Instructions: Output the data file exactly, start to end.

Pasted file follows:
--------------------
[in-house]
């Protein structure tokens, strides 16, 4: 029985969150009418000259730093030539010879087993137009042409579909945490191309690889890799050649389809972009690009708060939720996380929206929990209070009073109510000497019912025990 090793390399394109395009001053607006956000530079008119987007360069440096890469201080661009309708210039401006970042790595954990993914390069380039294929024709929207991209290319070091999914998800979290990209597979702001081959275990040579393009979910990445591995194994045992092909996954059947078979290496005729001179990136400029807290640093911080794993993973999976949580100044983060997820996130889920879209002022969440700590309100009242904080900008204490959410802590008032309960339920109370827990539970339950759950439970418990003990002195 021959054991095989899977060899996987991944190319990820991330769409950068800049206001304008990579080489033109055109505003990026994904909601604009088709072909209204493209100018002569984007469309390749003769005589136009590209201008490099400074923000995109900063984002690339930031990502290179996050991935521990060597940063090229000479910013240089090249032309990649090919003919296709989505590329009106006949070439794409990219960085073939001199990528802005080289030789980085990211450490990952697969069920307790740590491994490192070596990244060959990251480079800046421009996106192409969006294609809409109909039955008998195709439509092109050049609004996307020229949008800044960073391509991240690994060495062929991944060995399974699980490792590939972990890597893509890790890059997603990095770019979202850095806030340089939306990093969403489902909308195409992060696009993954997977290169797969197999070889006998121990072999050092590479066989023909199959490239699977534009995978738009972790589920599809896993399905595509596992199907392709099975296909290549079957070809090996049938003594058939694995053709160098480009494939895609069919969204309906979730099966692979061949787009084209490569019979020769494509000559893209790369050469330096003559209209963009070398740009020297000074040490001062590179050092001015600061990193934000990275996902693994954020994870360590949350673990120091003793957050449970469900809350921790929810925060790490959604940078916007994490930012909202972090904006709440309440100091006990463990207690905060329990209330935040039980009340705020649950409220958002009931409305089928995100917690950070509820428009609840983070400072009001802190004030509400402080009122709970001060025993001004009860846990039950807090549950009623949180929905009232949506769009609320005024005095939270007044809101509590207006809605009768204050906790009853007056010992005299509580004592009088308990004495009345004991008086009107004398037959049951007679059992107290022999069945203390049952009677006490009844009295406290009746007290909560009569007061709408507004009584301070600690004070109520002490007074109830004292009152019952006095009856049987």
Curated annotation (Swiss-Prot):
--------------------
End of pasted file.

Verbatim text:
[in-house]
């Protein structure tokens, strides 16, 4: 029985969150009418000259730093030539010879087993137009042409579909945490191309690889890799050649389809972009690009708060939720996380929206929990209070009073109510000497019912025990 090793390399394109395009001053607006956000530079008119987007360069440096890469201080661009309708210039401006970042790595954990993914390069380039294929024709929207991209290319070091999914998800979290990209597979702001081959275990040579393009979910990445591995194994045992092909996954059947078979290496005729001179990136400029807290640093911080794993993973999976949580100044983060997820996130889920879209002022969440700590309100009242904080900008204490959410802590008032309960339920109370827990539970339950759950439970418990003990002195 021959054991095989899977060899996987991944190319990820991330769409950068800049206001304008990579080489033109055109505003990026994904909601604009088709072909209204493209100018002569984007469309390749003769005589136009590209201008490099400074923000995109900063984002690339930031990502290179996050991935521990060597940063090229000479910013240089090249032309990649090919003919296709989505590329009106006949070439794409990219960085073939001199990528802005080289030789980085990211450490990952697969069920307790740590491994490192070596990244060959990251480079800046421009996106192409969006294609809409109909039955008998195709439509092109050049609004996307020229949008800044960073391509991240690994060495062929991944060995399974699980490792590939972990890597893509890790890059997603990095770019979202850095806030340089939306990093969403489902909308195409992060696009993954997977290169797969197999070889006998121990072999050092590479066989023909199959490239699977534009995978738009972790589920599809896993399905595509596992199907392709099975296909290549079957070809090996049938003594058939694995053709160098480009494939895609069919969204309906979730099966692979061949787009084209490569019979020769494509000559893209790369050469330096003559209209963009070398740009020297000074040490001062590179050092001015600061990193934000990275996902693994954020994870360590949350673990120091003793957050449970469900809350921790929810925060790490959604940078916007994490930012909202972090904006709440309440100091006990463990207690905060329990209330935040039980009340705020649950409220958002009931409305089928995100917690950070509820428009609840983070400072009001802190004030509400402080009122709970001060025993001004009860846990039950807090549950009623949180929905009232949506769009609320005024005095939270007044809101509590207006809605009768204050906790009853007056010992005299509580004592009088308990004495009345004991008086009107004398037959049951007679059992107290022999069945203390049952009677006490009844009295406290009746007290909560009569007061709408507004009584301070600690004070109520002490007074109830004292009152019952006095009856049987």
Curated annotation (Swiss-Prot):